APRIL 15 — I’m a fence-sitter when it comes to politics. I take the side of whoever makes most sense, so that my family and I can continue to enjoy a decent quality of life through stable jobs, access to opportunities, a safe and peaceful environment and a government that is responsive to people’s needs.
But in these past few months, I cannot say my mind is at peace as I watch politicians from both sides of the divide sling mud at each other.
Instead of telling us as voters why we should choose them and their policies, we have vicious name-calling and character assassinations taking place on stages nationwide. These are then broadcasted to the masses. What examples are they trying to set? Are these politicians ready for the repercussions of widening societal chasms through such irresponsible politicking?
Barisan Nasional is the devil we know how to deal with but I cannot deny that I am worried about putting all eggs into the Pakatan Harapan basket.
More specifically, it is a worry of track record. Harapan has clearly shown over the past year that the only thing holding the coalition’s parties together is a common desire to oust Najib and gain federal power, fuelled by hatred in most instances.
There does not appear to be one strong common ideology strongly binding them together. They have found it impossible to cooperate on a number of issues including how they handled state leadership when they ousted former Selangor Menteri Besar Tan Sri Khalid Ibrahim. HRH Sultan Selangor had to intervene due to their failure to provide suitable options for MB candidates in Selangor.
Another classic example of discord within the coalition is the fact that Harapan released a manifesto, but a man whom I have high respects for, Tun Mahathir who leads the coalition, seems to have a manifesto of his own. Where Harapan says it will remove toll charges gradually, he says that that isn’t practical. So what is it then?
One cannot help but have slight tendencies to agree with the “Harapan Palsu” story that’s being propagated by BN.
It is also worrying that political parties helmed by experienced politicians in the Opposition coalition are so unaware of requirements from the Registrar of Societies it opens them up to the risk of having to register at such a crucial time? Can these people even be trusted to run a Government?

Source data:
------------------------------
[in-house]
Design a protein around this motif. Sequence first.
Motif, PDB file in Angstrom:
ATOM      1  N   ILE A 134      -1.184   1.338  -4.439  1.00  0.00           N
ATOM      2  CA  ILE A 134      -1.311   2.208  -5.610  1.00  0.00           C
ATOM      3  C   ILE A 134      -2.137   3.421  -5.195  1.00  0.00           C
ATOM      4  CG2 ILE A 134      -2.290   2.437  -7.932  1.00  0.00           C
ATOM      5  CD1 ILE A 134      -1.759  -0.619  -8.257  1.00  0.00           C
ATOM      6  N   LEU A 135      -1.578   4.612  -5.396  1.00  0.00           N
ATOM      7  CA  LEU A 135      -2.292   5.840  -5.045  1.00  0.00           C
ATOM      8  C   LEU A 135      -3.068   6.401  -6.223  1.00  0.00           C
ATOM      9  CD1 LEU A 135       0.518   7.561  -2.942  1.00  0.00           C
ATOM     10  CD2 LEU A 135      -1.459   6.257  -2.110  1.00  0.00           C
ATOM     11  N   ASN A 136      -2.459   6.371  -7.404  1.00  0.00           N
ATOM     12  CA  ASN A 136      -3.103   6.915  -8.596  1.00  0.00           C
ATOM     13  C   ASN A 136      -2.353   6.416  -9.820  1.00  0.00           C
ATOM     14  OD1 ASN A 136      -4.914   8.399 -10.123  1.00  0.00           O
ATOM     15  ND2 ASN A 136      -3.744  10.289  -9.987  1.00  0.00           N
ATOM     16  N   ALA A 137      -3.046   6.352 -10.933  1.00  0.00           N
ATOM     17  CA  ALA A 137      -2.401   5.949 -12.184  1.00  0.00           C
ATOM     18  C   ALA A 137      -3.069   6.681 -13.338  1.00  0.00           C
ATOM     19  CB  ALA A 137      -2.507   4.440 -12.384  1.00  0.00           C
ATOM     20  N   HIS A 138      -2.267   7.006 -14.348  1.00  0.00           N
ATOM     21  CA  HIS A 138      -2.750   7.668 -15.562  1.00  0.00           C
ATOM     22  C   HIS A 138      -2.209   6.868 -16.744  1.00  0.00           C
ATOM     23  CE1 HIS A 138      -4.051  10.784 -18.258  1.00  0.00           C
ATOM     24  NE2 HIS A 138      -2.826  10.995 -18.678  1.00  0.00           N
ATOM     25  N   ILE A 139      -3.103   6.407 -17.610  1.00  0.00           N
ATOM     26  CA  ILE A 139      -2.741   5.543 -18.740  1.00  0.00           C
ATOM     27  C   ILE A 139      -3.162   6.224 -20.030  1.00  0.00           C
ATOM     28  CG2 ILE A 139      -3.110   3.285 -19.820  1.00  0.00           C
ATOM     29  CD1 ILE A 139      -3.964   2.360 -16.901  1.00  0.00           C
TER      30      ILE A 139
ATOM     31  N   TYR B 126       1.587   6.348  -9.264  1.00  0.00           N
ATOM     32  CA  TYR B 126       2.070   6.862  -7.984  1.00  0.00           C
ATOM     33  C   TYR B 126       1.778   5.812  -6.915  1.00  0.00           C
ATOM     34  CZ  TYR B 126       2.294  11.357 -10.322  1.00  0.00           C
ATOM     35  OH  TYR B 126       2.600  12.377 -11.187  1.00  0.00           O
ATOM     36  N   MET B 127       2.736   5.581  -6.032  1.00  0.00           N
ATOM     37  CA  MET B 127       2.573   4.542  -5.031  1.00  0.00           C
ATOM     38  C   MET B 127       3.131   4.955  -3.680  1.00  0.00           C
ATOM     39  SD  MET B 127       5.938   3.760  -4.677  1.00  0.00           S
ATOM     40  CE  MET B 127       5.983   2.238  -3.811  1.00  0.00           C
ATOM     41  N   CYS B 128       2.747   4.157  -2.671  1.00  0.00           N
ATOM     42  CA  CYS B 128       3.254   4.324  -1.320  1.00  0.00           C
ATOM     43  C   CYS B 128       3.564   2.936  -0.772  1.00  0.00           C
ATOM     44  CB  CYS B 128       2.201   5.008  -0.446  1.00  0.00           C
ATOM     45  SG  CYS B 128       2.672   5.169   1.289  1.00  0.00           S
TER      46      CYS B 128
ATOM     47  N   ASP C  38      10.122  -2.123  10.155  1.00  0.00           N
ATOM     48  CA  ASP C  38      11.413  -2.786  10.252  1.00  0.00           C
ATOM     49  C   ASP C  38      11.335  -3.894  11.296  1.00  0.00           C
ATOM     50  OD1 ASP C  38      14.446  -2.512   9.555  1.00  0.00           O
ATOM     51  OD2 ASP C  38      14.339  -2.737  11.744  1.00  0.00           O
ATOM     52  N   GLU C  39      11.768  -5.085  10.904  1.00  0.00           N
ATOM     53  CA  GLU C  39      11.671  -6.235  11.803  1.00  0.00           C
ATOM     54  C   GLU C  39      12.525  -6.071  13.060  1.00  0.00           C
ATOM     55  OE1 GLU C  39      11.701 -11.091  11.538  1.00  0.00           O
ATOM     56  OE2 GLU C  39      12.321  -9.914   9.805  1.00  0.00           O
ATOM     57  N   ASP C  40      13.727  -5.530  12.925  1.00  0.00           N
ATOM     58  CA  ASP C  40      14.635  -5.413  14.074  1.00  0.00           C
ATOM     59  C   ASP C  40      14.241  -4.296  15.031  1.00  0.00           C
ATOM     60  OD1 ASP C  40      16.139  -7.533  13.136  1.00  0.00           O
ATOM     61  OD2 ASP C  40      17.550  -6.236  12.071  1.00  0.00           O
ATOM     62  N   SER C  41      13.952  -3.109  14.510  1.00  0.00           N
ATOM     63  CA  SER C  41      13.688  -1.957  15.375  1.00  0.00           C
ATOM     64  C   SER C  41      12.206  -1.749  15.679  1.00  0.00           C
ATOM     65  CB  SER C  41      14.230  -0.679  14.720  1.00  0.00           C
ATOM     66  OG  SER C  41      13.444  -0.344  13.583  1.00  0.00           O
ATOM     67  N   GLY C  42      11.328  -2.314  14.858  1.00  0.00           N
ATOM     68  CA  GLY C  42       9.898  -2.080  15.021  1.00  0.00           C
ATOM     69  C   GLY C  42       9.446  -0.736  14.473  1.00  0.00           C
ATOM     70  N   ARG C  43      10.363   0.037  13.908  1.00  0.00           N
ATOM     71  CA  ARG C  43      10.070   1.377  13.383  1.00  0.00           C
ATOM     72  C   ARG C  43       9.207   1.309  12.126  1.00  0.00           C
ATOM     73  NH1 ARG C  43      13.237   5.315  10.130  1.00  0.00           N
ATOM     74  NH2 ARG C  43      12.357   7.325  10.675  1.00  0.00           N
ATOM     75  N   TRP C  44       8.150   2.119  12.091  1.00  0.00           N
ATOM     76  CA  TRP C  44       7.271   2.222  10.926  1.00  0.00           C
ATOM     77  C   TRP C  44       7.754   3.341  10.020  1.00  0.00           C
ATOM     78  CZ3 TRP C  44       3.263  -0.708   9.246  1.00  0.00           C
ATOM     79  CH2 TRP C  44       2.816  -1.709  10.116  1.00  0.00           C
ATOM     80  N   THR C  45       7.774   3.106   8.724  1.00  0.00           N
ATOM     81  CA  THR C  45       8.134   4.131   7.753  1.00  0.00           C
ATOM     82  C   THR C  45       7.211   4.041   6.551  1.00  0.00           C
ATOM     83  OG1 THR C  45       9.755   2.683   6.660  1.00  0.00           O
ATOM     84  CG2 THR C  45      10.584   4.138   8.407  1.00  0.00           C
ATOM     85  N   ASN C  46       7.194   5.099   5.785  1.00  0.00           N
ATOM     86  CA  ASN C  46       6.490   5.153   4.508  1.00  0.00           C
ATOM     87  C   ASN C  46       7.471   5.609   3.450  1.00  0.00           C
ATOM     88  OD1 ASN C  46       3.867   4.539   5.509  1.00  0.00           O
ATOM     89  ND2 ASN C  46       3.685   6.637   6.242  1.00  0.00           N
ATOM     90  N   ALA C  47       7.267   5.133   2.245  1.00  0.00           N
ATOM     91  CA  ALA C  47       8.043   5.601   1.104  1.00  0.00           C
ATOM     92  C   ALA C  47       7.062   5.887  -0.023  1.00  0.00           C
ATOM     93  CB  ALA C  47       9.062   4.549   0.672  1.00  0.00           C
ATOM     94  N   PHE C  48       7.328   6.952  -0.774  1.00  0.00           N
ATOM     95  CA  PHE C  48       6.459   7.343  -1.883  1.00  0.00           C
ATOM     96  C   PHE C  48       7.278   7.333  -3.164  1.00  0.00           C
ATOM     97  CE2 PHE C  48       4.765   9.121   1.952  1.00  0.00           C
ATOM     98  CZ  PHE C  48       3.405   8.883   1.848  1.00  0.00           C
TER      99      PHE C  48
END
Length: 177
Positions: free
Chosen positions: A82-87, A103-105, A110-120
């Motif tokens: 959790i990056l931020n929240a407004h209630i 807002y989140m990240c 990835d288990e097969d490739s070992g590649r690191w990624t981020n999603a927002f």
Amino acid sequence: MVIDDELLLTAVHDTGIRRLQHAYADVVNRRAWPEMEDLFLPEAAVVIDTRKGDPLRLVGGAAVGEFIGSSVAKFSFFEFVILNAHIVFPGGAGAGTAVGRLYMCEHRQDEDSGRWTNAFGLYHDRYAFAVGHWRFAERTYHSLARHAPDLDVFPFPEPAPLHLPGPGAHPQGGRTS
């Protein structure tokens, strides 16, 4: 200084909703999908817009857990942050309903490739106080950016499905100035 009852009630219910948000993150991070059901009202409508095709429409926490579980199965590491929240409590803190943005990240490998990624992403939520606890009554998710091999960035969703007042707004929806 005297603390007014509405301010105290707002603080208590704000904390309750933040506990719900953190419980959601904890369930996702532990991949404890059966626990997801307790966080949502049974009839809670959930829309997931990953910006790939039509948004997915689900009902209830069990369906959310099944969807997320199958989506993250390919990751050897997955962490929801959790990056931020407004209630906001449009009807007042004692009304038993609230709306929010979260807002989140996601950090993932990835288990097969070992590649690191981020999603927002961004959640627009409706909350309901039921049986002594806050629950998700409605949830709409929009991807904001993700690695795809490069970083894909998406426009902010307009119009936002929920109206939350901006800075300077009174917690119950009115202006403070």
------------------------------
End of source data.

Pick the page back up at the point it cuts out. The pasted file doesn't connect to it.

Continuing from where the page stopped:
I am really confused, in fact many of my peers are.
I am also concerned about big issues like water cuts in Selangor and irresponsible development that led to massive floods in Penang last year. I have not seen strong leadership from Harapan emerge to address these issues.
Yes, Harapan component parties seem to have found a common purpose for now, willing to sacrifice their own beliefs (and even logos) to unite to bring down Najib. But if they do win, and Najib is ousted, the very thing that’s holding them together disappears.
If they have found it impossible to form a shadow cabinet until now, the same circumstances would prevent them from forming a proper Cabinet to run the country.
Inability to govern would be destructive for the economy and people’s livelihoods.
There’s only so much hate-mongering can do and it is pretty cool to support Harapan, or made to be seen as cool, but after that, what? It is down to bread and butter for us Malaysians, it is down to delivery and performance because I want to be sure there’s stability and results which puts money in my pockets to pay bills, and food on the table.
We cannot survive on ideals alone, we need to see real political will to find solutions for the people — not their own internal problems. People like me especially, who prefer stability over chaos will find it difficult to buy into the idea of an uncertain future under Harapan.
*This is the personal opinion of the writer and does not necessarily represent the views of Malay Mail Online.